Jurors deciding whether Caleb Lacey is guilty of setting a fire that killed four members of a Lawrence family will likely not know that Lacey confessed to the crime, after a Nassau judge ruled Tuesday that the detective who interrogated Lacey cannot testify about the confession, lawyers in the case said.

Nassau County Court Judge Jerald Carter had previously thrown out an eight-hour videotape that prosecutors say shows Lacey confessing to setting the fire that killed a Lawrence mother and three of her children, saying that the tape's sound quality was too poor to play for a jury.

Tuesday, Carter ruled that the detective who took the confession, Carl Re, cannot testify about the confession because he did not stop questioning Lacey even after Lacey invoked his Fifth Amendment right. He can testify only about what Lacey said before invoking his right against self-incrimination, the judge ruled.

Reached Tuesday, Edit Vanegas, whose wife and children were killed in the fire Lacey is accused of setting, reacted furiously to the ruling.

Lacey "killed my wife and my children," Vanegas said in Spanish. "Where's the justice? He has to pay for what he did."

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The jury might hear about the confession if Lacey takes the stand, in which case prosecutors would have the right to cross-examine him about his confession, Carter ruled.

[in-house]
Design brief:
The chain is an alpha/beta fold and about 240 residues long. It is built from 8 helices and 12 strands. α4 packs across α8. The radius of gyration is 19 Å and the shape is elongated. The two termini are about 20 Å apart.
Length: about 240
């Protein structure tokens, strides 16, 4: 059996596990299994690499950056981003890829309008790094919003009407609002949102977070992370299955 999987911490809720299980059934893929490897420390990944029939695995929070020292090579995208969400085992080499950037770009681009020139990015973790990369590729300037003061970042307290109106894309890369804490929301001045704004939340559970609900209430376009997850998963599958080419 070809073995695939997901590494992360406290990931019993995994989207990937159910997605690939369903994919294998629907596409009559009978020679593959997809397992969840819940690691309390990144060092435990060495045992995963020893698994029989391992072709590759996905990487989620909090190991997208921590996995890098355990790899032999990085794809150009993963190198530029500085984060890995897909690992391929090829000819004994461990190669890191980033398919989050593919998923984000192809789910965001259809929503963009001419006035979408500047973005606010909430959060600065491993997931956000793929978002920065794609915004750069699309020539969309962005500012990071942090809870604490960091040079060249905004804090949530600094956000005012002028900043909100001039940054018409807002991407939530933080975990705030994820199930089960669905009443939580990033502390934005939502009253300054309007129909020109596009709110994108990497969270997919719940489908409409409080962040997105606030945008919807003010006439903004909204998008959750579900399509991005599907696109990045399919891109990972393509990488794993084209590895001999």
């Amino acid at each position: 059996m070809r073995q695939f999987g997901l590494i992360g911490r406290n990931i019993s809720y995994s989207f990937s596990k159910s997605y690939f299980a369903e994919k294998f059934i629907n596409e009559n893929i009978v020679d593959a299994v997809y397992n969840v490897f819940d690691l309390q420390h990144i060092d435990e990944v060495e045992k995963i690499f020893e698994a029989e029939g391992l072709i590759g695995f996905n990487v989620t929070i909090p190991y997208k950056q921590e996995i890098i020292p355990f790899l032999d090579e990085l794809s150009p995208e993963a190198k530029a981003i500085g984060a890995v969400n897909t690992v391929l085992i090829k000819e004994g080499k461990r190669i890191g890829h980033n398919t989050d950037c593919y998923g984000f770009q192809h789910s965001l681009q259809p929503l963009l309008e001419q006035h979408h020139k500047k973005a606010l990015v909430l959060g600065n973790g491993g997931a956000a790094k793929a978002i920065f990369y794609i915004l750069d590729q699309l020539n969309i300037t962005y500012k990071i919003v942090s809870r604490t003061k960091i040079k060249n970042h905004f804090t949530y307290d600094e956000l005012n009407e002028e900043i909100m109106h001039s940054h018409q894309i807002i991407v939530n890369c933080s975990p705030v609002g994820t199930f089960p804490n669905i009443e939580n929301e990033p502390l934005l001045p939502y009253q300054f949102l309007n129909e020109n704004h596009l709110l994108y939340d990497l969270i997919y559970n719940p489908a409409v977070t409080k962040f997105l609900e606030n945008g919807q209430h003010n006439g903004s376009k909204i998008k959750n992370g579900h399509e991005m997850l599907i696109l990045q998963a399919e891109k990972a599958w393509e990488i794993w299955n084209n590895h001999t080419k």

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Lacey's March 20 interrogation is the first videotaped by Nassau police as part of a new policy to do so in all homicide and serious robbery cases.

Police did not take a written confession from Lacey. But besides the sound quality issue, it is possible that the Fifth Amendment ruling could have led to at least a portion of the videotape being thrown out anyway. Nassau police spokesman Det. Sgt. Anthony Repalone declined to comment on Re's actions or on Carter's ruling Tuesday because Lacey's case is pending.

Prosecutors say while Carter's ruling is damaging, they have ample evidence to convict Lacey without it. That evidence includes surveillance video showing Lacey's car near the home that burned around the time the fire started, and gasoline found in the lining of the pants he used as a volunteer firefighter, prosecutors have said.

It was prosecutor Michael Canty who told the judge that Lacey had invoked his Fifth Amendment right during questioning. Canty did not object to Carter's ruling Tuesday.

"We have very strong evidence that points to the defendant's guilt and we look forward to presenting that to a jury," Canty said.

Lacey's attorney, Christopher Cassar of Huntington, said the suppression will hurt the prosecution's case. "There are no eyewitnesses. There are no inculpatory statements. There is no scientific evidence. Their case is based on smoke and mirrors," he said.

Police say Lacey, 20, doused his neighbor's staircase in gasoline, then lit it and drove to the Lawrence-Cedarhurst firehouse to await the 911 call. The Feb. 19 fire killed Morena Vanegas, 46; her son Saul Preza, 19; and Morena and Edit Vanegas' two daughters, Andrea, 10, and Susanna, 9.

Lacey has pleaded not guilty to second-degree murder and arson charges. Carter set a trial date of Jan. 11, Canty said.

Defense lawyer William Petrillo, of Rockville Centre, who is not connected to the case, said capturing police misconduct is precisely the reason that he and other defense lawyers pushed for the videotaping. Police and prosecutors, in turn, said they welcomed the cameras to quiet claims of police coercion.

But Petrillo said it's ironic that the first interrogation available for public viewing shows the defendant's rights were violated.

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With Bart Jones